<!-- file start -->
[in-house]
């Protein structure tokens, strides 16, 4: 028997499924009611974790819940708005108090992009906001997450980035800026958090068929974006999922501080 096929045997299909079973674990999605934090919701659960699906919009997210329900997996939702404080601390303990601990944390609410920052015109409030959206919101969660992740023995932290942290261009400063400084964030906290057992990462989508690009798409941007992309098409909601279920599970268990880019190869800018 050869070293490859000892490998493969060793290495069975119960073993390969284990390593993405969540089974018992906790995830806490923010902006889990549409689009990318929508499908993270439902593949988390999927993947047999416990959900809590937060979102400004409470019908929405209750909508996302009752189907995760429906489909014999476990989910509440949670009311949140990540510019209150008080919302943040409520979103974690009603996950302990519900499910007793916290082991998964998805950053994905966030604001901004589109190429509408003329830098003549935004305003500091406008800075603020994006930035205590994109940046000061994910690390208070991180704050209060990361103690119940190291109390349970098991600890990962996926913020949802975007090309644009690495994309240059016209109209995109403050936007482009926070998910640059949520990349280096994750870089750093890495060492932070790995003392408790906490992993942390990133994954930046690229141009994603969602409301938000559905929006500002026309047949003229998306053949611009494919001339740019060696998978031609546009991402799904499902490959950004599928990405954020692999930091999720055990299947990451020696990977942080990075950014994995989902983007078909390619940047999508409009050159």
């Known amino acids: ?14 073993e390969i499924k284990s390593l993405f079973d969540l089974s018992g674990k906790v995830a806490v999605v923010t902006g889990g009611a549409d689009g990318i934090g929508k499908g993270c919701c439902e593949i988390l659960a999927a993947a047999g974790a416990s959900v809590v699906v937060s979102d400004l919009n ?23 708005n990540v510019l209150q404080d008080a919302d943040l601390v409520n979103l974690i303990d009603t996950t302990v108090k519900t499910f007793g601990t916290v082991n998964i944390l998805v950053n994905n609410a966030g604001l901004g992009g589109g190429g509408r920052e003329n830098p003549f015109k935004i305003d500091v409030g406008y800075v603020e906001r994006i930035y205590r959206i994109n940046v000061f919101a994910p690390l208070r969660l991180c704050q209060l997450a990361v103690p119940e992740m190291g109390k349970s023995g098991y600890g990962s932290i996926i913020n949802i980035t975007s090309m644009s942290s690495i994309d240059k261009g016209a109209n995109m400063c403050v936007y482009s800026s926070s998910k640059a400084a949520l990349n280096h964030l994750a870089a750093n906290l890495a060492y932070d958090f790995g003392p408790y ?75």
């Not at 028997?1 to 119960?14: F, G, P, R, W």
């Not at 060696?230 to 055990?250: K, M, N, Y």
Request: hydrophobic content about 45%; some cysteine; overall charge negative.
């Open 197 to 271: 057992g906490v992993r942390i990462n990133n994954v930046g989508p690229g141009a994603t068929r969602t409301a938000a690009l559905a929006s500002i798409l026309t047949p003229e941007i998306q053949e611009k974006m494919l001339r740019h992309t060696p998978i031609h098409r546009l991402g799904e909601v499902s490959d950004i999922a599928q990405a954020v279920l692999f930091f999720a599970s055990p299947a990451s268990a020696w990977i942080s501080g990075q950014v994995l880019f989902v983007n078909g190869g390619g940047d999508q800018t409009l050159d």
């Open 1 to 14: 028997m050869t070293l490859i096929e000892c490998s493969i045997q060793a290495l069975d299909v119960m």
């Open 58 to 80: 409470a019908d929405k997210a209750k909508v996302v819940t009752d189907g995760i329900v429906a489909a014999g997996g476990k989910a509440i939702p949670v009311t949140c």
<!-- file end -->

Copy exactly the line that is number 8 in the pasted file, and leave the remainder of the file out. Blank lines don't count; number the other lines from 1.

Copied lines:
């Open 1 to 14: 028997m050869t070293l490859i096929e000892c490998s493969i045997q060793a290495l069975d299909v119960m």